“The true concord of well-tuned sounds” : musical adaptations of Shakespeare's sonnets

Research output: Journal PublicationsJournal Article (refereed)

Abstract

The centrality of Shakespeare's texts in adaptation studies has been underlined by the recent work of Linda Hutcheon, Julie Sanders and Michael Bristol, among others, and much has been made of the “cultural capital” of transposing Shakespeare's work in modern culture. However, little scholarly attention to date has been paid to musical settings/adaptations of the sonnets, despite their intrinsic properties of musicality. In this article I will consider how the sonnets have been set, and discuss what is at stake in the setting. Looking at early modern and modern adaptations, including those of Parry, Stravinsky, Britten, Dankworth and Rufus Wainwright, this study explores to what extent the set version of a Shakespeare sonnet, whether strophic (using the same music for successive stanzas) or through-composed (using regular metre and rhyme but different music for each stanza), can still be considered poetic in the conventional form, or whether it has to be assessed from the viewpoint of a different and fresh aesthetic, more from the perspective of adaptation praxis. I will also explore what constitutes this notion of musicality inherent in Shakespeare's sonnets, whether the combination of rhythm, rhyme, assonance, alliteration and imagery that is common to much poetry, or some idiosyncratic quality residing in the specific sonnets, that are selected for musical setting. To this end, intertextual and intermedial relationships between the sonnets and their musical progeny will be discussed from a range of perspectives. An important working hypothesis for me is the notion, based on observation and impression, that articulation, accentuation, phrasing and other aspects of prosody in the adaptation and consequently the sung delivery, significantly affect the interpretation and reception of the sonnet when transformed to the new medium.
Original languageEnglish
Pages (from-to)220-240
Number of pages21
JournalShakespeare
Volume9
Issue number2
Early online date17 Sep 2012
DOIs
Publication statusPublished - 2013

Fingerprint

Sonnet
Shakespeare's Sonnets
Sound
Concord
Musicality
William Shakespeare
Stanza
Music
Rhyme
Conventional
Assonance
Rhythm
Phrasing
Poetics
Bristol
Praxis
Prosody
Intrinsic Properties
Reception
Centrality

Keywords

  • adaptation
  • musicality
  • setting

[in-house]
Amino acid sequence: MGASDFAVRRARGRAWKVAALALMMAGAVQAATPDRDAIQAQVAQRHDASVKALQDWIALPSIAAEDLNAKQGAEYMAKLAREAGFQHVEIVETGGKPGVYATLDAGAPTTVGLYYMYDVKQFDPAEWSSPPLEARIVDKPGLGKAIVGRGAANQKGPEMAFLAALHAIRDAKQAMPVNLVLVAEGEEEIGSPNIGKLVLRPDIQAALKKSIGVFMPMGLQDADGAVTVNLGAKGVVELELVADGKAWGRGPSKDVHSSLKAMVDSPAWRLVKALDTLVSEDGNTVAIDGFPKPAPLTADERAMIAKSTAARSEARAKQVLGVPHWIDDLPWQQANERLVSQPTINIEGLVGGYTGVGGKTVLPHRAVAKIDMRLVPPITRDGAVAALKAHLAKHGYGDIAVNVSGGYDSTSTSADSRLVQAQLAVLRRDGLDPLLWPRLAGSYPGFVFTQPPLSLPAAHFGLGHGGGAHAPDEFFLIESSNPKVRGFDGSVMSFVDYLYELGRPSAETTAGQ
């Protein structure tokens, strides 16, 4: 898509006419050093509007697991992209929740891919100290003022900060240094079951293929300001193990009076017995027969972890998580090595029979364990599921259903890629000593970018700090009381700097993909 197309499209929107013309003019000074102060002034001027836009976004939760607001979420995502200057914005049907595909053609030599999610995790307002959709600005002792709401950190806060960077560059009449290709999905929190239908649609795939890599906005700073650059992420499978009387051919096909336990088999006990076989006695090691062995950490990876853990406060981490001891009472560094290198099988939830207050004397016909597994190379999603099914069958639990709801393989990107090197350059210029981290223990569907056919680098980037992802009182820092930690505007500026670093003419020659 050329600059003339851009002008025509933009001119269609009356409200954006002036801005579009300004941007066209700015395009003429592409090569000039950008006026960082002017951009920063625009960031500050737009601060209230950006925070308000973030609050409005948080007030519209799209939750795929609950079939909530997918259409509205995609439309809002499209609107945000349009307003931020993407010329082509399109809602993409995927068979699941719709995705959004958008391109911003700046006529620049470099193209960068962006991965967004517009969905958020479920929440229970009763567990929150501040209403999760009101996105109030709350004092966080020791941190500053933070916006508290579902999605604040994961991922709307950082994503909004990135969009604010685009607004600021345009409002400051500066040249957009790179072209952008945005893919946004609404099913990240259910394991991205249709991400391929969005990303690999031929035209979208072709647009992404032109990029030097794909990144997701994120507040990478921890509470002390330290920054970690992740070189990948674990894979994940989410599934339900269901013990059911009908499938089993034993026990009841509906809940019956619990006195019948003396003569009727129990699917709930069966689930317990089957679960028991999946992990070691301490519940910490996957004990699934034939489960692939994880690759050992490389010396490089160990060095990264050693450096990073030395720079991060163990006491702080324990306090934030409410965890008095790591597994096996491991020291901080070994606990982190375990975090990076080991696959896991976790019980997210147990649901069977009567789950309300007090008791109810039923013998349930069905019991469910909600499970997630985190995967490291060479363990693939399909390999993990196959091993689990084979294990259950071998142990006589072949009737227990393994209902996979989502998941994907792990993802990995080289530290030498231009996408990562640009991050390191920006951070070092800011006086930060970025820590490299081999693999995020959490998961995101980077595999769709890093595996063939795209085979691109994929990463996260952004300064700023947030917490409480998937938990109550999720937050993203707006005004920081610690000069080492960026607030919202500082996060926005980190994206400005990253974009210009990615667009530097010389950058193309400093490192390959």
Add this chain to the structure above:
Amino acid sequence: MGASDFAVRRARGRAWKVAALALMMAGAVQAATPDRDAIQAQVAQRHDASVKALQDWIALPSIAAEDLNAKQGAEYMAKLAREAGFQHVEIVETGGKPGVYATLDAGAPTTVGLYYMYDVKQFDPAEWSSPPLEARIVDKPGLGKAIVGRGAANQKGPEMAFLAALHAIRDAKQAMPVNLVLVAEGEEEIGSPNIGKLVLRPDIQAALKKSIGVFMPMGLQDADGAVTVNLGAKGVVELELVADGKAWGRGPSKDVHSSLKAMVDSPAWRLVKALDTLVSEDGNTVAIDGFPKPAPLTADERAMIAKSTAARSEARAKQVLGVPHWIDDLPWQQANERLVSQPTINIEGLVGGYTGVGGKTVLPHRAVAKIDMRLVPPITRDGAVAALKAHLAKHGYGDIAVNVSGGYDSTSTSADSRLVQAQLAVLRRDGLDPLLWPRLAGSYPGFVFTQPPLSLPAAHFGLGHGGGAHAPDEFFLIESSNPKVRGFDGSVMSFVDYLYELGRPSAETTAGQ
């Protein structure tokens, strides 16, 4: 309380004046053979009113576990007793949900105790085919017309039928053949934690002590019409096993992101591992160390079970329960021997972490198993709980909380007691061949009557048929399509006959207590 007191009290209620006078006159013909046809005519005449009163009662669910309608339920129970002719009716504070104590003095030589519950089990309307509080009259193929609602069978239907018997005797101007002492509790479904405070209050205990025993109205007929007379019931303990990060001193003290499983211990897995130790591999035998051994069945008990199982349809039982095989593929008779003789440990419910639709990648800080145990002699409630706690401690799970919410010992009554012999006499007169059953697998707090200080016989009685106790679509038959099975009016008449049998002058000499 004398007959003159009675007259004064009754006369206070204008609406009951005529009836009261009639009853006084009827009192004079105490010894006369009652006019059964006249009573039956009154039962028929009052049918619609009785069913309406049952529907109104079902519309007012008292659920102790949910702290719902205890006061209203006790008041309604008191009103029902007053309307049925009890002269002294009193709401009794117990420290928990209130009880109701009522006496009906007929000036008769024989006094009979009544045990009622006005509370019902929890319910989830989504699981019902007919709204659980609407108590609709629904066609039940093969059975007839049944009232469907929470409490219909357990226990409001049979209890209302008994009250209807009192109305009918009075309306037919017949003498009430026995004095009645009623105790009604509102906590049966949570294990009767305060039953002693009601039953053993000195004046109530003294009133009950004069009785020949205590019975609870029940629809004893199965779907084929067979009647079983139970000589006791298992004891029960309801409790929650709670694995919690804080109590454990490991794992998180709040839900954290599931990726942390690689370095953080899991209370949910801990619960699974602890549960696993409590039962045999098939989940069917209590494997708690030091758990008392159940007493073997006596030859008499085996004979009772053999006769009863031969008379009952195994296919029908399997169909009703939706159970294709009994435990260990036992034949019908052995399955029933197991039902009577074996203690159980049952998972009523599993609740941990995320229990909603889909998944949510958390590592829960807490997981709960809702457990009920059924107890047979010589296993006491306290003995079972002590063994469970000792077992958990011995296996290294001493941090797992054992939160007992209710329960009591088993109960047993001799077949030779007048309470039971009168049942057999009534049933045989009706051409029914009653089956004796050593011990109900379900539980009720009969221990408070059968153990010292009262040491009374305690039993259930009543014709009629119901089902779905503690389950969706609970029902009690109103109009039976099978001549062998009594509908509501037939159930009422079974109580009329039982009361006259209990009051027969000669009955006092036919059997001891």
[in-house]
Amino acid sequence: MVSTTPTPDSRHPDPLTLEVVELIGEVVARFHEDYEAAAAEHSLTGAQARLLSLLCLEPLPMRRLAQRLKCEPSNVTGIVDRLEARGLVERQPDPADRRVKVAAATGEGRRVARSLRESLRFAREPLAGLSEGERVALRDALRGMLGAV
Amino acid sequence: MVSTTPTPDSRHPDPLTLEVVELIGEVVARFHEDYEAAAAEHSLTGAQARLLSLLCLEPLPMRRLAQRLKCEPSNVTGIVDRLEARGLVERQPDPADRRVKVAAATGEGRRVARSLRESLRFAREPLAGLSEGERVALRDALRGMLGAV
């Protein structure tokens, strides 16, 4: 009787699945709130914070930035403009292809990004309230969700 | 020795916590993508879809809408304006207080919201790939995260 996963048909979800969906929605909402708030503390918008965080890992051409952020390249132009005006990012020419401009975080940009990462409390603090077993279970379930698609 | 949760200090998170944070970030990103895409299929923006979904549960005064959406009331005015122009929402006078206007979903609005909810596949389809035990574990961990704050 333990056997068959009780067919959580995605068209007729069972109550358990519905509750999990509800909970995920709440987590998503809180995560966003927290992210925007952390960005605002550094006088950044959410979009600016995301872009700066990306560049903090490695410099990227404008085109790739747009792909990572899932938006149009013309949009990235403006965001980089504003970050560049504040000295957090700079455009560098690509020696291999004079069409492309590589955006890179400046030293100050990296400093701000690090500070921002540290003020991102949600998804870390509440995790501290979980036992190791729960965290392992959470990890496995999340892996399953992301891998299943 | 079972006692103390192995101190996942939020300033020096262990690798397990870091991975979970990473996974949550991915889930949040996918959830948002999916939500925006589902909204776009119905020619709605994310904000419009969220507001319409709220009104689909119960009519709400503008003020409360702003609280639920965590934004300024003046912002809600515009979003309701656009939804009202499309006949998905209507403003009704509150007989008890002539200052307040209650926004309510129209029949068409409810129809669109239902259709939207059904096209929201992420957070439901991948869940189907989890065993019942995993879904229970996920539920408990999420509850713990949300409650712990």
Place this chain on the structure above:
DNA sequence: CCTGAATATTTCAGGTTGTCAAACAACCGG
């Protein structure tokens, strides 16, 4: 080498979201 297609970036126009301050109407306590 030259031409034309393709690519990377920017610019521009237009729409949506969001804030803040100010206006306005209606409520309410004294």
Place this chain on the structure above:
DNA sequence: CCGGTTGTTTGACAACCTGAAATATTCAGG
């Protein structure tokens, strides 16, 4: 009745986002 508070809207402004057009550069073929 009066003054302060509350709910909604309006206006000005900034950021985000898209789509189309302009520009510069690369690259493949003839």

• sonnet
  • strophic/through-composed

Cite this

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abstract = "The centrality of Shakespeare's texts in adaptation studies has been underlined by the recent work of Linda Hutcheon, Julie Sanders and Michael Bristol, among others, and much has been made of the “cultural capital” of transposing Shakespeare's work in modern culture. However, little scholarly attention to date has been paid to musical settings/adaptations of the sonnets, despite their intrinsic properties of musicality. In this article I will consider how the sonnets have been set, and discuss what is at stake in the setting. Looking at early modern and modern adaptations, including those of Parry, Stravinsky, Britten, Dankworth and Rufus Wainwright, this study explores to what extent the set version of a Shakespeare sonnet, whether strophic (using the same music for successive stanzas) or through-composed (using regular metre and rhyme but different music for each stanza), can still be considered poetic in the conventional form, or whether it has to be assessed from the viewpoint of a different and fresh aesthetic, more from the perspective of adaptation praxis. I will also explore what constitutes this notion of musicality inherent in Shakespeare's sonnets, whether the combination of rhythm, rhyme, assonance, alliteration and imagery that is common to much poetry, or some idiosyncratic quality residing in the specific sonnets, that are selected for musical setting. To this end, intertextual and intermedial relationships between the sonnets and their musical progeny will be discussed from a range of perspectives. An important working hypothesis for me is the notion, based on observation and impression, that articulation, accentuation, phrasing and other aspects of prosody in the adaptation and consequently the sung delivery, significantly affect the interpretation and reception of the sonnet when transformed to the new medium.",
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“The true concord of well-tuned sounds” : musical adaptations of Shakespeare's sonnets. / INGHAM, Mike.

In: Shakespeare, Vol. 9, No. 2, 2013, p. 220-240.

Research output: Journal PublicationsJournal Article (refereed)

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